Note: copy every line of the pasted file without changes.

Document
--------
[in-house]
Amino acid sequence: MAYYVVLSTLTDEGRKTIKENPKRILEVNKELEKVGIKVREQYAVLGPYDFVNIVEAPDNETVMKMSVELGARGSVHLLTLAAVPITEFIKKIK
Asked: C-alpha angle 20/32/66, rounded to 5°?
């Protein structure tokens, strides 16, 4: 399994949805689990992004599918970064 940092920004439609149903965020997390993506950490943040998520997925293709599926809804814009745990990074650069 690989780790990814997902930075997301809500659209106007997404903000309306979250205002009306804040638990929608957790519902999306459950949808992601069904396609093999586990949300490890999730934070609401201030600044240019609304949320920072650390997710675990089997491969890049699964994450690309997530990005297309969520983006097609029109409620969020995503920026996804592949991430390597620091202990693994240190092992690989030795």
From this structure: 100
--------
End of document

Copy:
[in-house]
Amino acid sequence: MAYYVVLSTLTDEGRKTIKENPKRILEVNKELEKVGIKVREQYAVLGPYDFVNIVEAPDNETVMKMSVELGARGSVHLLTLAAVPITEFIKKIK
Asked: C-alpha angle 20/32/66, rounded to 5°?
């Protein structure tokens, strides 16, 4: 399994949805689990992004599918970064 940092920004439609149903965020997390993506950490943040998520997925293709599926809804814009745990990074650069 690989780790990814997902930075997301809500659209106007997404903000309306979250205002009306804040638990929608957790519902999306459950949808992601069904396609093999586990949300490890999730934070609401201030600044240019609304949320920072650390997710675990089997491969890049699964994450690309997530990005297309969520983006097609029109409620969020995503920026996804592949991430390597620091202990693994240190092992690989030795």
From this structure: 100